Another Clever Way to Save Some Money!

On a favorite site, Food Storage Moms ( I found some exciting information on freezing milk. Why is knowing how to freeze milk of any interest? Well, for one, when it goes on sale, it’s nice to have a reliable way to stock up.

First of all, it’s a smart idea to freeze it unopened. This prevents any possibility of deterioration in quality from exposure to air—ensuring it’ll stay fresher longer.

Linda (Food Storage Moms owner and author) also suggests you shake your gallon of milk vigorously for at least a minute before you put it into the freezer. This will allow the fats in your milk to freeze better, especially if you’re drinking raw or whole milk.

It’s important to remember that milk, just like most other liquids, will expand once it’s been frozen, so leaving your milk in a glass, cardboard, or even plastic container isn’t a good idea unless you pour a little out to allow for expansion. Not doing this means not just wasted milk, but a big mess in your freezer.

Also, a gallon of milk can take up a lot of space in your freezer, and you may not have the room to spare. So freezing in smaller portions is an good option. For instance, many baking recipes list one cup of milk as part of the ingredients. So why not freeze your milk in cup-size increments?

Simply pour a single cup of milk into a plastic zippered freezer bag and lay it flat on your freezer shelf. When you’re ready to use it, simply plan accordingly by giving it time to thaw at room temperature prior to use.

But what about recipes that are only calling for 1 to 2 tablespoons of milk? You can accommodate this by freezing small amounts in ice trays and then placing the frozen milk cubes in plastic zippered freezer bags.

Whichever approach you take to freezing your milk, make sure that you place it in an air-tight container or baggie.

In the freezer, frozen milk will last between 3 to 6 months, though it’s better to enjoy it within a month or less. Don’t let it sit around once you thaw it out. You’ll want to use it up within 7 days. Most people can notice a difference in the texture of the milk after it’s been frozen, so instead of drinking it as is, it’s better suited for making smoothies, baking, or cooking with it.

When you’re ready to use some frozen milk, you may notice that it isn’t the normal white color you expect from milk. It’ll have a slightly yellow tint right out of the freezer. But once it’s thawed it will return to its original whiteness. All you are seeing is the fats that have separated during the freezing process.

If you’ve ever heard that you can thaw milk at room temperature, don’t believe it. Doing so puts the quality of your milk at risk, and may even create the right conditions for bacteria to grow. Stead, thaw only what you intend to use gently and slowly by moving that amount to your refrigerator.

Lastly, if you do intend to use your frozen milk for drinking, then give it a good shake (for about 1 minute) every hour or so. You’ll know it’s thawed when you no longer hear or feel any ice sloshing around. You can even use a blender to help thoroughly mix it if you wish. Now it’s ready for use.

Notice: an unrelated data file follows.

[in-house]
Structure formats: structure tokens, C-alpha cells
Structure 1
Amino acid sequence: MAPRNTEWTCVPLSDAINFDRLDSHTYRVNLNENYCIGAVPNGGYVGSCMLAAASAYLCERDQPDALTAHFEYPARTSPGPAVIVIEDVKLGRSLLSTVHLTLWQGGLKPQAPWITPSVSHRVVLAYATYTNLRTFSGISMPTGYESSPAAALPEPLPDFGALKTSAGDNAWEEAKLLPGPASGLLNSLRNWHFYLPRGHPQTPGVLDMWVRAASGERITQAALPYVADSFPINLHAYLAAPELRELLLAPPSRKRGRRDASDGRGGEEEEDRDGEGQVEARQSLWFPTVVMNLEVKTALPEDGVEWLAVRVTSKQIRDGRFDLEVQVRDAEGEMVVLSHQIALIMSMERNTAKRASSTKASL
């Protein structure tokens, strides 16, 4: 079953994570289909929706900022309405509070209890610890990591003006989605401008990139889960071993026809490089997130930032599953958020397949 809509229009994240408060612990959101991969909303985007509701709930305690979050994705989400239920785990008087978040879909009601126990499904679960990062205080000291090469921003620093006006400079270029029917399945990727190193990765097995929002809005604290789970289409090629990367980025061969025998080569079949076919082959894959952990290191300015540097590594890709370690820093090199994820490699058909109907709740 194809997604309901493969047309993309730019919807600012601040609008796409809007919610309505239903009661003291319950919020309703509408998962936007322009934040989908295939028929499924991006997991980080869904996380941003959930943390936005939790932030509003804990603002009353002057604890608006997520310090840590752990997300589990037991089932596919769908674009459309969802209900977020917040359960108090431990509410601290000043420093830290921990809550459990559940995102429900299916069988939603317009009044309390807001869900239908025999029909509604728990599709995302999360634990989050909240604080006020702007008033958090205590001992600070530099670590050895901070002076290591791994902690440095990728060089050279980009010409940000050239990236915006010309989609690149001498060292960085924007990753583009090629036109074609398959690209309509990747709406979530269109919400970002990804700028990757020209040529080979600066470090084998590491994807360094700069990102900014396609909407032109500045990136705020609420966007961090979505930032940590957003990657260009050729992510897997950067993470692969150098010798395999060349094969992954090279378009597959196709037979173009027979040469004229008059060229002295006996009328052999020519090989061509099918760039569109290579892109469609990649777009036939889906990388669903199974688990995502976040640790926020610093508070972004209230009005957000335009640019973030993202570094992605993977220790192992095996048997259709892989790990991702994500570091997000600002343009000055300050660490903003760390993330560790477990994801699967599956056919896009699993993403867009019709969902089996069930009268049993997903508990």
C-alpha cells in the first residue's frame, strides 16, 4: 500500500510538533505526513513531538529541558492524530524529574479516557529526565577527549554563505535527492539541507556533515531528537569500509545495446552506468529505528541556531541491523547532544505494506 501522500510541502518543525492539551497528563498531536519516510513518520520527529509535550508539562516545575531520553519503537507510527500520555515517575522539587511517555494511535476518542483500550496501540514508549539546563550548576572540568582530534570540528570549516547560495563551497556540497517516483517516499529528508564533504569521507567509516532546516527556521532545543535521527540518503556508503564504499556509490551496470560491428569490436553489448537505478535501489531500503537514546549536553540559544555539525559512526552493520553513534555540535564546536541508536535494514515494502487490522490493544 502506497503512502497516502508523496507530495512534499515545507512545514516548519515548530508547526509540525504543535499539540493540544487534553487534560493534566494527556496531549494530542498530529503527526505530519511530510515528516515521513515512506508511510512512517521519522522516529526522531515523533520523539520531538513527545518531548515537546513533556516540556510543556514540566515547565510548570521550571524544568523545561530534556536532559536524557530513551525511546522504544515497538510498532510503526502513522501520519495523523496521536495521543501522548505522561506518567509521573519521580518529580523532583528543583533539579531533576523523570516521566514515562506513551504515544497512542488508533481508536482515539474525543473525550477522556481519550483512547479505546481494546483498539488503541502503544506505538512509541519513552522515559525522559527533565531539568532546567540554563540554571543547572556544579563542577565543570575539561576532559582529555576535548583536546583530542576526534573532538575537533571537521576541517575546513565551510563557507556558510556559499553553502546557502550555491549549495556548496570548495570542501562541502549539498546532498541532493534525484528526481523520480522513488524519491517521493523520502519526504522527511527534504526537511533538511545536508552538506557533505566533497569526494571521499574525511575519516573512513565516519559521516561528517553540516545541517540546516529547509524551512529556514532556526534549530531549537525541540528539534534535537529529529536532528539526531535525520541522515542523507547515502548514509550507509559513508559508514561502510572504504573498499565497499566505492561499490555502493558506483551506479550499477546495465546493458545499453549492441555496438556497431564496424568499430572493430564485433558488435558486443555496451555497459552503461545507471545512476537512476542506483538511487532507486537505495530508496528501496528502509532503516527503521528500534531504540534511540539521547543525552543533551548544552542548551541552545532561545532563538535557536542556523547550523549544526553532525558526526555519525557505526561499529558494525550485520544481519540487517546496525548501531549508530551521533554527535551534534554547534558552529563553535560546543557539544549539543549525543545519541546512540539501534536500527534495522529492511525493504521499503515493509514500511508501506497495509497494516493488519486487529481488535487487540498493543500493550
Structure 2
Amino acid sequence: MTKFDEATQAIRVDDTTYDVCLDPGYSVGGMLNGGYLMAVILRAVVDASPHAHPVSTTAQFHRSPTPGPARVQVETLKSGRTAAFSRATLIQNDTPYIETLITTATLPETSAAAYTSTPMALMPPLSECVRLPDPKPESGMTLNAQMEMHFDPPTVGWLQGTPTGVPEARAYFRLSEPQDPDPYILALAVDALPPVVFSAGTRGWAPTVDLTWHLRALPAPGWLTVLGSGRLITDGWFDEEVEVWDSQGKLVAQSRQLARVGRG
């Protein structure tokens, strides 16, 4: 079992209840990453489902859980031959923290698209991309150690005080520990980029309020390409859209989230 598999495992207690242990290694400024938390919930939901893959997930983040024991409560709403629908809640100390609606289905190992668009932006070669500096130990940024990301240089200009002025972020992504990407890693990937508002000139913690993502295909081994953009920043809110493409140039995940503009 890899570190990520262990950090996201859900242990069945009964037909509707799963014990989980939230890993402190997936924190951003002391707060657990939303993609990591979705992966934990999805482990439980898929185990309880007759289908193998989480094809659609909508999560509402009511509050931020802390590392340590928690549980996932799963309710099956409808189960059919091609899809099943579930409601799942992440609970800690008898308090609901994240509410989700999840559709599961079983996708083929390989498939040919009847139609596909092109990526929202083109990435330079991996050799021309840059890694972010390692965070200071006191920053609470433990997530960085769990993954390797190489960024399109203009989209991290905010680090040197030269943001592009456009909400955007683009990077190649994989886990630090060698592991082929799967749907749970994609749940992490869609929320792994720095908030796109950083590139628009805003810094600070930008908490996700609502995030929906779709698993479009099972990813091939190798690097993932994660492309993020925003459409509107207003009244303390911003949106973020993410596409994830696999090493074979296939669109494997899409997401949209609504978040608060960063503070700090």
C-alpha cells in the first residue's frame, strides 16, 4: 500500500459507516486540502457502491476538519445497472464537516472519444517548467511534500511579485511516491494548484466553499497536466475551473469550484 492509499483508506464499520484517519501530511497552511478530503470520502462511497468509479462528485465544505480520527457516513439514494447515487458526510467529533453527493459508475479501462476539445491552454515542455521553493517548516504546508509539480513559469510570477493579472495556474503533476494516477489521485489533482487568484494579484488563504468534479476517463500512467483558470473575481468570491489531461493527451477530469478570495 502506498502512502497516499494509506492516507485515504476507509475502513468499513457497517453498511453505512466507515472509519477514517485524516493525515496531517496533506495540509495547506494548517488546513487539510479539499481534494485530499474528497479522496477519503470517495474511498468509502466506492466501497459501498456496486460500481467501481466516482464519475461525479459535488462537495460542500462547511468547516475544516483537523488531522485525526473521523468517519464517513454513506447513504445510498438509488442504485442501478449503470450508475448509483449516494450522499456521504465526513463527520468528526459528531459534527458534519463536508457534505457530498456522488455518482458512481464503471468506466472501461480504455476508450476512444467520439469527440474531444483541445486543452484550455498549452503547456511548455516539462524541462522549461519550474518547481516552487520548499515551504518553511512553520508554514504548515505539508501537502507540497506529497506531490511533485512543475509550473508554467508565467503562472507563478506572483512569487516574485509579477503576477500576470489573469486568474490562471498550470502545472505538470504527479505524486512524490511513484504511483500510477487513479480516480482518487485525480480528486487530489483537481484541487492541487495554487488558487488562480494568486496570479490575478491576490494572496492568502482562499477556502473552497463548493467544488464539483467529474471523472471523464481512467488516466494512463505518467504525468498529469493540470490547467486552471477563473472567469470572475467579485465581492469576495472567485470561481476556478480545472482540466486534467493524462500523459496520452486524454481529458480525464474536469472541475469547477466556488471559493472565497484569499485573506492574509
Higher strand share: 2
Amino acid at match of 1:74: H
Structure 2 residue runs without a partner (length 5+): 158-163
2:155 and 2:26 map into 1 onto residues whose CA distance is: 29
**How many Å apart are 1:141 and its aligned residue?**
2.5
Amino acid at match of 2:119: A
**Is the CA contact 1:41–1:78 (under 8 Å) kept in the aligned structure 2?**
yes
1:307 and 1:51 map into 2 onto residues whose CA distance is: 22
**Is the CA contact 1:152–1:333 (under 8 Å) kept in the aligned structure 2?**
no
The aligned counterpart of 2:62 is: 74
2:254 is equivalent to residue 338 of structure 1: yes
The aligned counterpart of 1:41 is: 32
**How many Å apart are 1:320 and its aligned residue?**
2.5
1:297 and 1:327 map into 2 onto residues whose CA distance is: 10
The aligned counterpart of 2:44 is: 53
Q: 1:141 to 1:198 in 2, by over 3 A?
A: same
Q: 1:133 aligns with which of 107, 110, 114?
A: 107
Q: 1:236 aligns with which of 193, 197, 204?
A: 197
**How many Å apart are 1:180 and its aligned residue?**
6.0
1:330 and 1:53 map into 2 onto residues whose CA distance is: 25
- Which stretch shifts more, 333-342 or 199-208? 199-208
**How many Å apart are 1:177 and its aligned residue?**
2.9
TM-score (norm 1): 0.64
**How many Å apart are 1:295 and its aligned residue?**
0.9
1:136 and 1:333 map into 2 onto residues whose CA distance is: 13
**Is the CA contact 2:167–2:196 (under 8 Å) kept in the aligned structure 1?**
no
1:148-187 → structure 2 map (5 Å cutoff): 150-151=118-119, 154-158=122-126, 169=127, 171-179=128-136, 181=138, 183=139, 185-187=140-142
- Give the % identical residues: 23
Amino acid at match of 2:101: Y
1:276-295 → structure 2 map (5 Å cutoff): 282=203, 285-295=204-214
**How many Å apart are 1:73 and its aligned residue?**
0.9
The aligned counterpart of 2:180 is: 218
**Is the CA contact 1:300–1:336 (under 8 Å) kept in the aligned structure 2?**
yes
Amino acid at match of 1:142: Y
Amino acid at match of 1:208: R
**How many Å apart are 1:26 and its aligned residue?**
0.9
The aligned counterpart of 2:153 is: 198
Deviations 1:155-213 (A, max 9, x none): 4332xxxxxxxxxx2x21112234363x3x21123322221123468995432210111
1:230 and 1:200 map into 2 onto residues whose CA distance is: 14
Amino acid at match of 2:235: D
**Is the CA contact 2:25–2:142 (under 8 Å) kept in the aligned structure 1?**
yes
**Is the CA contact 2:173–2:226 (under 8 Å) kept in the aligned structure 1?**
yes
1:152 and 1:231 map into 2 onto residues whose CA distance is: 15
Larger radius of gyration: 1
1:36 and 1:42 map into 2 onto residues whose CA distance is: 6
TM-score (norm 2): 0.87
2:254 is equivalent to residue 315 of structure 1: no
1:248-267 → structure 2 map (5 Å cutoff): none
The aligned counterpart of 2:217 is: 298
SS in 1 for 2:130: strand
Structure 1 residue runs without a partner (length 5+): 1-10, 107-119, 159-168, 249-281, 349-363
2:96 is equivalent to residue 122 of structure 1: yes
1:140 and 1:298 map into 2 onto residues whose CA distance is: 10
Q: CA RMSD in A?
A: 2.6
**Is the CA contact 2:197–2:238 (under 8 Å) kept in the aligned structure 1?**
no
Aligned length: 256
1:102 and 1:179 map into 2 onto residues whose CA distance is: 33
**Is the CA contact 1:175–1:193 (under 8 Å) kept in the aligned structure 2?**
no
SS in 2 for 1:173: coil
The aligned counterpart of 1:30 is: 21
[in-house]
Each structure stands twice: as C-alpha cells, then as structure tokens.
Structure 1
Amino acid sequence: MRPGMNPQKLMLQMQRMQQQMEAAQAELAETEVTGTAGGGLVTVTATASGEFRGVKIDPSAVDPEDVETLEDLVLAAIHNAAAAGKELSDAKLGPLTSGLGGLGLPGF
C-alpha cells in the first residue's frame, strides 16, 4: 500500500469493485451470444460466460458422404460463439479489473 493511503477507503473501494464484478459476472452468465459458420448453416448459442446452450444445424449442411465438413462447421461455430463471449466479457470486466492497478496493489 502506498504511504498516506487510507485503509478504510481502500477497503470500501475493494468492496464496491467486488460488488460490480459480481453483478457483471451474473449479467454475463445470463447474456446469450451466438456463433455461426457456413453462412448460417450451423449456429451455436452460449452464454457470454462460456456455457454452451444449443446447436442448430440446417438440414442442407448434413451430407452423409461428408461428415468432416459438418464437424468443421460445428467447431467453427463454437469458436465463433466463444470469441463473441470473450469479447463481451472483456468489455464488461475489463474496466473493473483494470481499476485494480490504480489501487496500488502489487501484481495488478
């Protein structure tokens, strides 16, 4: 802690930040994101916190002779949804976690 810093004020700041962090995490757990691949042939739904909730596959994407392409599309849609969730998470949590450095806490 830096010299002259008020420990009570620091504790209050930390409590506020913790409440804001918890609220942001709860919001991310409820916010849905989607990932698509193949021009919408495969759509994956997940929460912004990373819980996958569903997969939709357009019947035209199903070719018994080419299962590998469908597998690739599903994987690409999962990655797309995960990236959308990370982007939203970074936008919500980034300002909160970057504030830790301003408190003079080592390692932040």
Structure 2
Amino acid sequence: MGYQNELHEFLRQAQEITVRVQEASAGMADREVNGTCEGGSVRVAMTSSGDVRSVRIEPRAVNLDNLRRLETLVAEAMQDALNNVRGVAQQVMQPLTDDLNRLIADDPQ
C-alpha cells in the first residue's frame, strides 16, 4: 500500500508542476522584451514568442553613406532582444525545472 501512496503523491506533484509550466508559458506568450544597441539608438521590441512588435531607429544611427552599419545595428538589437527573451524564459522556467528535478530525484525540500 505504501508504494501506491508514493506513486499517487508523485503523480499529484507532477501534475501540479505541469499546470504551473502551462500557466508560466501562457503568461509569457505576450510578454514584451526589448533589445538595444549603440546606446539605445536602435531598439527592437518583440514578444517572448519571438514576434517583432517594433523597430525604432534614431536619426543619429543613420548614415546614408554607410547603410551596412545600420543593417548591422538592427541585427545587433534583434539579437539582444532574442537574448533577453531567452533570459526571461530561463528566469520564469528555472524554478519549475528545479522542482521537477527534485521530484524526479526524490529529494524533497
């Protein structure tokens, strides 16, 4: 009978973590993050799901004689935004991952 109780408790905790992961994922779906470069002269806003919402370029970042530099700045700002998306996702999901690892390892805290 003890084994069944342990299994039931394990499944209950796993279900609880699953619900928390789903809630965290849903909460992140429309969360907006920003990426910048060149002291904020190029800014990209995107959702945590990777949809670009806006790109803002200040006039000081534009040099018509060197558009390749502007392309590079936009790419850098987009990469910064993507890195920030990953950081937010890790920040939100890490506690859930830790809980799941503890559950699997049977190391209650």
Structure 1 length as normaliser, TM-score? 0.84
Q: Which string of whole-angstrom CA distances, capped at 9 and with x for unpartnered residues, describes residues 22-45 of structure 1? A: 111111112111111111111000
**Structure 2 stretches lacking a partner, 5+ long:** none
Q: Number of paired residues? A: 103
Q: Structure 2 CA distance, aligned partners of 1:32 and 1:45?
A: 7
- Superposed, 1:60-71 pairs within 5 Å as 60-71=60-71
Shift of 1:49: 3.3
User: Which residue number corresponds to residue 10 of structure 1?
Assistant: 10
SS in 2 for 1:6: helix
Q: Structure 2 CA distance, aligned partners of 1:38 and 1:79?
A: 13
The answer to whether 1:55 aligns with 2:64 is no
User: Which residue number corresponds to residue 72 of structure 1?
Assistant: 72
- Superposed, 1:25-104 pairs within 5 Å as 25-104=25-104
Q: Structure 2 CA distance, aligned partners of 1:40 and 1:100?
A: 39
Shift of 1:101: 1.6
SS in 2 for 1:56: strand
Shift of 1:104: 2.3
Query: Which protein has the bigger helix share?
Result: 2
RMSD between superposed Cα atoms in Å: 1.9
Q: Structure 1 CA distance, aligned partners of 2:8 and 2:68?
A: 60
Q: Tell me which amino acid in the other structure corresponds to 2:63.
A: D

I’ll close with one last thought and a favorite recipe that uses milk. The thought: As you’re very cleverly saving some money by freezing your milk, you can do so with the assurance that you’re not forfeiting any of its nutrients. The only thing that’s changed is the homogenization of it (the even distribution of fats.) It’s a smart thing to do when you run onto a sale you can’t resist. So freeze away!

Now the recipe. This is a potato and onion gratin recipe that’s a good use for some of your frozen milk. And since it’s time to start pulling potatoes and onions from our gardens, this recipe is not just tasty, it’s especially useful.

Potato Gratin with Onions and Sage


1/4 cup PURE extra virgin olive oil
4 cups thinly sliced onions
4 sprigs fresh thyme
2 tablespoons chopped fresh sage
salt to taste
pepper to taste
6 cups thinly sliced potatoes
1/2 cup flour
2 tablespoons chopped fresh parsley
3/4 cup grated fontina cheese
1/2 cup heated milk
1 1/2 cups fresh bread crumbs

1. Preheat oven to 350°F. Butter a casserole dish or cast iron pan.
2. Heat half the oil in a skillet over medium heat. Add the onion, thyme, sage and cook, stirring frequently, until the onions are lightly caramelized, about 15 minutes.
3. Season with half a teaspoon of salt and pepper to taste. Spread in the gratin dish. Return the skillet to medium heat, and add the remaining oil.
4. Toss the potatoes in the flour, letting the excess fall away. Add it to the pan and cook until it begins to brown in places on both sides, about 7 minutes.
5. Add the parsley, season with salt and plenty of pepper, cook for 1 minute more. Layer the potatoes over the onions, cover with the cheese, then add the milk.
6. Cover and bake for 25 minutes, then uncover, add the bread crumbs, and bake until the top is browned and the liquid absorbed. Around 25 minutes.

Recipe formatted with the Cook'n Recipe Software from DVO Enterprises.

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    Alice Osborne
    DVO Newsletter Contributor since 2006
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